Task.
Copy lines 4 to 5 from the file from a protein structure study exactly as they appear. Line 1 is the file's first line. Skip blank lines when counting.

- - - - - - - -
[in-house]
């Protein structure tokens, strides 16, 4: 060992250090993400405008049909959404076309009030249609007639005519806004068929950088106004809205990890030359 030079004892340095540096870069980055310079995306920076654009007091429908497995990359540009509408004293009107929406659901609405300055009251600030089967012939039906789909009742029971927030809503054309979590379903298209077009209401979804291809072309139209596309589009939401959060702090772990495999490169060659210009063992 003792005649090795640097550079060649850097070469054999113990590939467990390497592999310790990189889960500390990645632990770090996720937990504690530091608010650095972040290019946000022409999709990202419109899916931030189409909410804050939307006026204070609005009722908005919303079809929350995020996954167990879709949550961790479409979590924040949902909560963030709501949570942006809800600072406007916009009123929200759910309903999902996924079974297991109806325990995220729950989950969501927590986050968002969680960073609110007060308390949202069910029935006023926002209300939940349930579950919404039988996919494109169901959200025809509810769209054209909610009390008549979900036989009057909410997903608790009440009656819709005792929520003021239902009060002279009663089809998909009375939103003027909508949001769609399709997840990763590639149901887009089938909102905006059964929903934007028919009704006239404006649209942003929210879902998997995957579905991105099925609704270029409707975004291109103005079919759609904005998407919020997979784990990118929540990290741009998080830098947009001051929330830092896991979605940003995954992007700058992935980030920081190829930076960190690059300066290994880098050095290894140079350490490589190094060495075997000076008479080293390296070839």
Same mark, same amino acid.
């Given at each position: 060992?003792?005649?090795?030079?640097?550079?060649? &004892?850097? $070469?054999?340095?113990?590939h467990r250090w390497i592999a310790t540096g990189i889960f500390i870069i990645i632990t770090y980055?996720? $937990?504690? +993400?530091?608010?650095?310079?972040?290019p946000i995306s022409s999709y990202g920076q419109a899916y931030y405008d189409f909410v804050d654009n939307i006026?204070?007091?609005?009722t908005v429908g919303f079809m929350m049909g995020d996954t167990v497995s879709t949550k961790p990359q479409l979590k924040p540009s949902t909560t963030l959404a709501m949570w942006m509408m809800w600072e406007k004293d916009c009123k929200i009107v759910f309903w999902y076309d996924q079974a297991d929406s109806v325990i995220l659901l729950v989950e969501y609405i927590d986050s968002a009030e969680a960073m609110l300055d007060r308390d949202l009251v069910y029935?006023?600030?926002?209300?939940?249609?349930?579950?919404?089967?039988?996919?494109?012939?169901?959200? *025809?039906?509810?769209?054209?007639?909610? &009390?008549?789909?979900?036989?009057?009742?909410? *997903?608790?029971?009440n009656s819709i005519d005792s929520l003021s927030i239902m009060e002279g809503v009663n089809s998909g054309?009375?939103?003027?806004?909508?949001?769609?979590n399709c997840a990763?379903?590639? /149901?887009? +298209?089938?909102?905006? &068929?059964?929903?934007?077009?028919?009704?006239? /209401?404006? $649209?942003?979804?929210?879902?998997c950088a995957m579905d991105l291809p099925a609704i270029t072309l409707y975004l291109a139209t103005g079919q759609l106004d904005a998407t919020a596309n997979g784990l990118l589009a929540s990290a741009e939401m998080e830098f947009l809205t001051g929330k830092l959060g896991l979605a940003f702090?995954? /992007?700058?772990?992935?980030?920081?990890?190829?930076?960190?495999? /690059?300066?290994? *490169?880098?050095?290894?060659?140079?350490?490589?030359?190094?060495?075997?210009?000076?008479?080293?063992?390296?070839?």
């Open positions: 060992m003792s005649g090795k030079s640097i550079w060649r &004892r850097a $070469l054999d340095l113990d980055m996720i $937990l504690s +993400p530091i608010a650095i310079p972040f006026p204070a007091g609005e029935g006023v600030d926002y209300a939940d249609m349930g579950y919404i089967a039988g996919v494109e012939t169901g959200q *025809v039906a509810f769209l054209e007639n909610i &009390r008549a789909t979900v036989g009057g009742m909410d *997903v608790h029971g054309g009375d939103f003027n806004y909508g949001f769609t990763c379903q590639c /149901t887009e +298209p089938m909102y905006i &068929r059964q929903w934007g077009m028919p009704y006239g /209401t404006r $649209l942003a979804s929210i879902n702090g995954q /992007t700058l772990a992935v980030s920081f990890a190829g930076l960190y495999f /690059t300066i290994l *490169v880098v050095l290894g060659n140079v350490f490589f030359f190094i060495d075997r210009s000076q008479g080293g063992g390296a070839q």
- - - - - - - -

């Given at each position: 060992?003792?005649?090795?030079?640097?550079?060649? &004892?850097? $070469?054999?340095?113990?590939h467990r250090w390497i592999a310790t540096g990189i889960f500390i870069i990645i632990t770090y980055?996720? $937990?504690? +993400?530091?608010?650095?310079?972040?290019p946000i995306s022409s999709y990202g920076q419109a899916y931030y405008d189409f909410v804050d654009n939307i006026?204070?007091?609005?009722t908005v429908g919303f079809m929350m049909g995020d996954t167990v497995s879709t949550k961790p990359q479409l979590k924040p540009s949902t909560t963030l959404a709501m949570w942006m509408m809800w600072e406007k004293d916009c009123k929200i009107v759910f309903w999902y076309d996924q079974a297991d929406s109806v325990i995220l659901l729950v989950e969501y609405i927590d986050s968002a009030e969680a960073m609110l300055d007060r308390d949202l009251v069910y029935?006023?600030?926002?209300?939940?249609?349930?579950?919404?089967?039988?996919?494109?012939?169901?959200? *025809?039906?509810?769209?054209?007639?909610? &009390?008549?789909?979900?036989?009057?009742?909410? *997903?608790?029971?009440n009656s819709i005519d005792s929520l003021s927030i239902m009060e002279g809503v009663n089809s998909g054309?009375?939103?003027?806004?909508?949001?769609?979590n399709c997840a990763?379903?590639? /149901?887009? +298209?089938?909102?905006? &068929?059964?929903?934007?077009?028919?009704?006239? /209401?404006? $649209?942003?979804?929210?879902?998997c950088a995957m579905d991105l291809p099925a609704i270029t072309l409707y975004l291109a139209t103005g079919q759609l106004d904005a998407t919020a596309n997979g784990l990118l589009a929540s990290a741009e939401m998080e830098f947009l809205t001051g929330k830092l959060g896991l979605a940003f702090?995954? /992007?700058?772990?992935?980030?920081?990890?190829?930076?960190?495999? /690059?300066?290994? *490169?880098?050095?290894?060659?140079?350490?490589?030359?190094?060495?075997?210009?000076?008479?080293?063992?390296?070839?």
């Open positions: 060992m003792s005649g090795k030079s640097i550079w060649r &004892r850097a $070469l054999d340095l113990d980055m996720i $937990l504690s +993400p530091i608010a650095i310079p972040f006026p204070a007091g609005e029935g006023v600030d926002y209300a939940d249609m349930g579950y919404i089967a039988g996919v494109e012939t169901g959200q *025809v039906a509810f769209l054209e007639n909610i &009390r008549a789909t979900v036989g009057g009742m909410d *997903v608790h029971g054309g009375d939103f003027n806004y909508g949001f769609t990763c379903q590639c /149901t887009e +298209p089938m909102y905006i &068929r059964q929903w934007g077009m028919p009704y006239g /209401t404006r $649209l942003a979804s929210i879902n702090g995954q /992007t700058l772990a992935v980030s920081f990890a190829g930076l960190y495999f /690059t300066i290994l *490169v880098v050095l290894g060659n140079v350490f490589f030359f190094i060495d075997r210009s000076q008479g080293g063992g390296a070839q």